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December 13th, 2005


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02:33 pm - News below subject line: here
1) Today is Chrismahanukwanzakah. Happy Chrismahanukwanzakah to you all!

One of the last things I saw on CNN before I flew from ATL last time was Richard Branson promoting it. He cheerfully admitted that he couldn't pronounce it, not least because he's dyslexic. Rather a flawed concept for a promotion, I'd've thought.

2) The most recent British Social Attitudes report (PDF file) came out today; very interesting reading if, like me, you like that sort of thing. It's politics at the policy level rather than the party level.

Sometimes I wonder whether the concept of "a national character" has any merit. It's lazy prejudice to ascribe particular characteristics to people purely on the basis of their nationality, because every nation has people of every sort. However, if there were significant differences between the attitudes of inhabitants of one nation and those of another nation to the same question in the same context, that could be useful to know.

3) Which leads naturally into discussion of political correctness. People like to say "It's political correctness gone mad!" when artificial or laboured inclusiveness prevails over common sense. However, the government offers some practical and sensible, if nontraditional, advice, people scream "it's political correctness gone mad!" and the advice is rescinded.

Except it's not - it's actually really good advice, it's just not what people want to hear. In my view, it's "it's political correctness gone mad!" gone mad. Google suggests I might be the first person to say that.

4) Also pertaining to BBC News, I finally managed to get a comment printed in the Magazine section. Evidently it pays to comment in the style of Alan Hansen even on matters unrelated to sport. Subtlety does not pay.

I would be hugely amused if someone could get something I myself had written into next year's Golden Bulls after my criticism of this year's.

5) And finally, a screenshot from the website of the local newspaper about 48 hours ago. Seems that when Middlesbrough elected a former police chief informally known as "Robocop" as town mayor, they really were after 21st century justice.



I note that the current poll which has replaced it is "Are you in favour of the death penalty?", where "Yes" is running at 55%-60%. It does not logically follow, but it is amusing to assume, that there must be people out there who are in favour of the death penalty but only for people convicted of animal cruelty.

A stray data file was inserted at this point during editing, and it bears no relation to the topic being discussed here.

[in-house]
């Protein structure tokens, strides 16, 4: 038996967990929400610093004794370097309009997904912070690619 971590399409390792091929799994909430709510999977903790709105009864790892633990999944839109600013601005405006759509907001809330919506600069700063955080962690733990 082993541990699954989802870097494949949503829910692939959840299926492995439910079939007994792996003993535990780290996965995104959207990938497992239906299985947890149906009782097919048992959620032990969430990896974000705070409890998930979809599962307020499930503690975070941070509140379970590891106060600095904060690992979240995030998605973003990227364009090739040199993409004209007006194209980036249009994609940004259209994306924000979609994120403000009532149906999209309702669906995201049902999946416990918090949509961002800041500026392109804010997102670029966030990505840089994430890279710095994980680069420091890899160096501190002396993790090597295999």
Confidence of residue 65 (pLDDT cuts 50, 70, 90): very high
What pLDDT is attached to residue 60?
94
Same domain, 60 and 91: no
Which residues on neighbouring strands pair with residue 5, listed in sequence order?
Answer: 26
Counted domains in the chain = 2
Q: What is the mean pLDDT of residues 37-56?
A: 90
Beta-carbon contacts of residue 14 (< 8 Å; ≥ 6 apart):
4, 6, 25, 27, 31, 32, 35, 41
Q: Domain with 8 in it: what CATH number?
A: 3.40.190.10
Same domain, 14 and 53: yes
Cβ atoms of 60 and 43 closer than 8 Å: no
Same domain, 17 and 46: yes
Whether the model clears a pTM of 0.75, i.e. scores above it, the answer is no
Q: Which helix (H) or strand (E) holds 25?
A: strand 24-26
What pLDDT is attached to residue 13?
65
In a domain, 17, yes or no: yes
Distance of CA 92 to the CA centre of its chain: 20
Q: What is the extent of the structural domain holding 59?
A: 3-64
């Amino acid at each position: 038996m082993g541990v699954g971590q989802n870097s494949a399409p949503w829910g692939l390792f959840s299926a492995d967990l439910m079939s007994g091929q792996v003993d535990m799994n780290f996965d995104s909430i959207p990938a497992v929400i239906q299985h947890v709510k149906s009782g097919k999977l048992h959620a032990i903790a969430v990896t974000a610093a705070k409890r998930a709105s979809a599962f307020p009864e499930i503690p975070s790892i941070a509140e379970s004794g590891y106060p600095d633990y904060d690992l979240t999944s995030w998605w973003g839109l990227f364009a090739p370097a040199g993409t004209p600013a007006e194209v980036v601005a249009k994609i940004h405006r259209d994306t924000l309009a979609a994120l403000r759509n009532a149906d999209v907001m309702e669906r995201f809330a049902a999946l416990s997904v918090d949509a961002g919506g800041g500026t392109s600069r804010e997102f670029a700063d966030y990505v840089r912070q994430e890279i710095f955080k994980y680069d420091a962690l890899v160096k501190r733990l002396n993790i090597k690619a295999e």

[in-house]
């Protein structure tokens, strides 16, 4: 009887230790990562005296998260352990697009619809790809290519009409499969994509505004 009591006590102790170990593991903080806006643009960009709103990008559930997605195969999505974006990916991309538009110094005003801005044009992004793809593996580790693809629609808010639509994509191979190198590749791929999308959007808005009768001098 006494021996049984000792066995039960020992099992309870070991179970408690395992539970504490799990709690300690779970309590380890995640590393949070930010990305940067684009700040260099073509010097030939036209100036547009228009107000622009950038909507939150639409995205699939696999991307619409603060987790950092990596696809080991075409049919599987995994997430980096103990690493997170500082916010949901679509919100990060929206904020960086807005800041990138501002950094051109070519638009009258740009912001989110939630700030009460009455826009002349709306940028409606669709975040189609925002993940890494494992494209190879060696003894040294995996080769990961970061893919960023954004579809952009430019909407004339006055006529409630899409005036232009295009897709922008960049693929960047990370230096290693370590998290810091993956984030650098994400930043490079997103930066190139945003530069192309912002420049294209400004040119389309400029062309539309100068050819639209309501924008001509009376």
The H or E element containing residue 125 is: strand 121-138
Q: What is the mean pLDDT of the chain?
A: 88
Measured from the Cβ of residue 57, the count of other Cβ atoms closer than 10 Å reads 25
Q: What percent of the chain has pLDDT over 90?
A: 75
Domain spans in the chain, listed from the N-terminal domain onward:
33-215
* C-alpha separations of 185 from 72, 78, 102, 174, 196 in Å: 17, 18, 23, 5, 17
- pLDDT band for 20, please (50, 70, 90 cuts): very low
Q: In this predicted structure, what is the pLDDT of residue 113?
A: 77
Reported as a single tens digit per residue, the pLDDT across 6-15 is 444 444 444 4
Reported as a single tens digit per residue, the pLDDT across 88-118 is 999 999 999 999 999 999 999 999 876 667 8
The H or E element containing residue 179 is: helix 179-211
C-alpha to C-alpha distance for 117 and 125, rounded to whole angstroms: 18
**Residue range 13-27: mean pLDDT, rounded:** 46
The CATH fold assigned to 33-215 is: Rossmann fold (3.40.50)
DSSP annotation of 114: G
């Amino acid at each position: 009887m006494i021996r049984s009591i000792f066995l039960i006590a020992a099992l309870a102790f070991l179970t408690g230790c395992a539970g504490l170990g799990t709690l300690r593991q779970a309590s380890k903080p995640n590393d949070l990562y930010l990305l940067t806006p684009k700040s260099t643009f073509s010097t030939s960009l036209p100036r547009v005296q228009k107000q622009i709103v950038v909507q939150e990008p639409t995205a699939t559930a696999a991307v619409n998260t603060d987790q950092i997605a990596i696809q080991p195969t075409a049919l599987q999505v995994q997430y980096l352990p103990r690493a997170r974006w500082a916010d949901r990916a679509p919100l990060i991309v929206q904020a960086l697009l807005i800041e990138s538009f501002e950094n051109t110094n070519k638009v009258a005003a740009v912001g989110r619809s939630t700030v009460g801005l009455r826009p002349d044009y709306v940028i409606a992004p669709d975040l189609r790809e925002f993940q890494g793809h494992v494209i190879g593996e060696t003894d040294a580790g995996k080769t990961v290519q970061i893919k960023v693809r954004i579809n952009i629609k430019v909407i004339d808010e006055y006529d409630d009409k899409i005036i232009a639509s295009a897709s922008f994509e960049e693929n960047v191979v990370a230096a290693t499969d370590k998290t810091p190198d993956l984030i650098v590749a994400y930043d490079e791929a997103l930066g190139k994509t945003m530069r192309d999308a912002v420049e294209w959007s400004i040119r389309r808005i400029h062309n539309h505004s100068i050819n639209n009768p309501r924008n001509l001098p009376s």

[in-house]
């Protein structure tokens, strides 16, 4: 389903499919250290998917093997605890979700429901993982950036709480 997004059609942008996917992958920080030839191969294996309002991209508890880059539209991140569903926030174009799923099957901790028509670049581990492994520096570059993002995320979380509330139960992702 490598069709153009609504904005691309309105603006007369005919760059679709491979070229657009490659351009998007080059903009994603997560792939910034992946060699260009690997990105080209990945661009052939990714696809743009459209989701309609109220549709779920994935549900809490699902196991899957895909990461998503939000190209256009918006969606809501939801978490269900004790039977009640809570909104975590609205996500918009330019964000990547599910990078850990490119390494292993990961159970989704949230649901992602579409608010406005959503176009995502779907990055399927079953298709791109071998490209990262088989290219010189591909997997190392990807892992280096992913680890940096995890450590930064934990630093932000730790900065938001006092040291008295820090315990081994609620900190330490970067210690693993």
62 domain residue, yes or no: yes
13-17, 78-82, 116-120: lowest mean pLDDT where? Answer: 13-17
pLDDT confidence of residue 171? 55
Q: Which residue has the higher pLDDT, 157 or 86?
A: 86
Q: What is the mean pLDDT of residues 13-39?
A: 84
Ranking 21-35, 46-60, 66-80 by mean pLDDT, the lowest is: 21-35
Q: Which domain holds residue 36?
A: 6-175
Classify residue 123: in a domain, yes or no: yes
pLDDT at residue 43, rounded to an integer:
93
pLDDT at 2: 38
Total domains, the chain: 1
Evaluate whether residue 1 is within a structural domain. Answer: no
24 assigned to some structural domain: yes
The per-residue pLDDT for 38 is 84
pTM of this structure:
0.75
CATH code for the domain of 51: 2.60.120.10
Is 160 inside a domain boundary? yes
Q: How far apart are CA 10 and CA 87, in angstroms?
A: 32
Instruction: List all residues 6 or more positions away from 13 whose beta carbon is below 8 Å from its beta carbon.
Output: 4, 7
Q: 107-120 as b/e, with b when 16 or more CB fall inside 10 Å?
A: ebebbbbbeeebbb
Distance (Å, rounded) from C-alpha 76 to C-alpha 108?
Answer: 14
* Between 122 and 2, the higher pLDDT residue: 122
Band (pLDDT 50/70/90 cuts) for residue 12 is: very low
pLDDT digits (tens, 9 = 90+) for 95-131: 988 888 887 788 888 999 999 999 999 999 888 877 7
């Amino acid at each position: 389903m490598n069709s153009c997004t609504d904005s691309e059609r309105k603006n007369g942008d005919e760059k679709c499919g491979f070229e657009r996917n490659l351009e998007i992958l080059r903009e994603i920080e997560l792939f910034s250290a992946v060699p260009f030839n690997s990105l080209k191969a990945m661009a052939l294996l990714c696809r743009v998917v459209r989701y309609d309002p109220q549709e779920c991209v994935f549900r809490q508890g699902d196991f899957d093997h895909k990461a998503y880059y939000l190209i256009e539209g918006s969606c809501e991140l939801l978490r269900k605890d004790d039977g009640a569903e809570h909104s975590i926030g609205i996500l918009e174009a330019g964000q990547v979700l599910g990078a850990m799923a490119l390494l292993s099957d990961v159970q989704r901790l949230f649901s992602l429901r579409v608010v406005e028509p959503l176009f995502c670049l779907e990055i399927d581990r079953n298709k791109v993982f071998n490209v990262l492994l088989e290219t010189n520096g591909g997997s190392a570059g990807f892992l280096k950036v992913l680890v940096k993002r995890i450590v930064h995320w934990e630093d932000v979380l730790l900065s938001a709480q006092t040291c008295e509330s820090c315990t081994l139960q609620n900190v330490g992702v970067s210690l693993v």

Current Mood: geekyboth radical and militant
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[User Picture]
From:oinomel71
Date:December 13th, 2005 02:45 pm (UTC)
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I understand that the Evening Gazette is very popular amongst Middlesbrough's hamster community, which might explain the skewed results. Slightly surprised to learn that they use the website as well - possibly they're being helped by their friend, Mr. Mouse.

I would be hugely amused if someone could get something I myself had written into next year's Golden Bulls after my criticism of this year's.

I rate my own chances considerably more highly. Some of my Nick's Tips columns are a study in impenetrability. :-)
[User Picture]
From:ewx
Date:December 13th, 2005 02:48 pm (UTC)
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If Virgin Mobile has its way, December 13th will be all about inflatable palm trees, reindeers with menorahs for antlers, sitar-playing Santas, and a completely madcap mix of holiday traditions. That's because the wireless provider has dubbed that very special Monday as the first official commemoration of "Chrismahanukwanzakah"-the all-inclusive holiday celebration.

December the 13th being a Tuesday, of course. Which I suppose makes it pretty special for a Monday.

[User Picture]
From:jiggery_pokery
Date:December 13th, 2005 03:13 pm (UTC)
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I linked you to last year's press release. *sheepish grin*

This is a Monday-free Chrismahanukwanzakah 2005 press release. Copy-and-paste-tastic!
[User Picture]
From:sir_quirky_k
Date:December 13th, 2005 02:57 pm (UTC)
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And it's now 60% 'No' for the death penalty.

This makes about as much sense as the banker's offers on Noel's Big-Money Game Theory.
[User Picture]
From:ewx
Date:December 13th, 2005 02:57 pm (UTC)
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Apropos of political correctness gone mad. When I am El Presidente Dictator-for-Life, I will actually ban Christmas for one year, and enforce the ban: forced closure of shops, armed police in churches, on-the-spot fines for carol singers, that sort of thing. Just so people know what banning Christmas is really like.
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From:hedwig_snowy
Date:December 13th, 2005 03:07 pm (UTC)
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"because every nation has people of every sort"

How dare you! We are only one type: White, Christian, Redneck, Inbred, Illiterate Americans! And don't you foe get it!!!

PC is in the eye of the beholder. See that it has reached there as well, but the latest hub bub is over a book that an anchor (John Gibson) on the FOX cable news network that he's trying to sell about his so-called 'War on Christmas'. The main argument is that secularists are trying to remove the word 'Christmas' from the American vernacular. Wikipedia has several definitions for "Happy Holidays". The one I have always associated the term with is a combination of "Merry Christmas AND Happy New Year", not, as they are suggesting, that it is truly inclusive as 'Chrismahanukwanzakah'. Either way, it seems like a huge waste of time and energy for them to be so PC. ;)

Yes, a great many people would rush into the street where a boy and his dog are about to be hit and save the dog first. Or, they would donate their time and money to protect animals over a local food bank for people. There was a public service ad here several years ago. It was a succession of photographs of a boy that progressively grew up. Each photo was accompanied by a tag line that said something he did (i.e. caught torturing some animal and that it got worse as he got older). The last photo was of the adult man and it was a pic of Jeffrey Dahmer who was sent to jail for murder (not too mention that he stored his victims in his freezer and ate them with a nice Chianti...*shivers*). Punishment is fine, but revenge and blood lust might be better off left in the 16th Century where it belonged. '''Henry the 8th I am, I am....''' :-)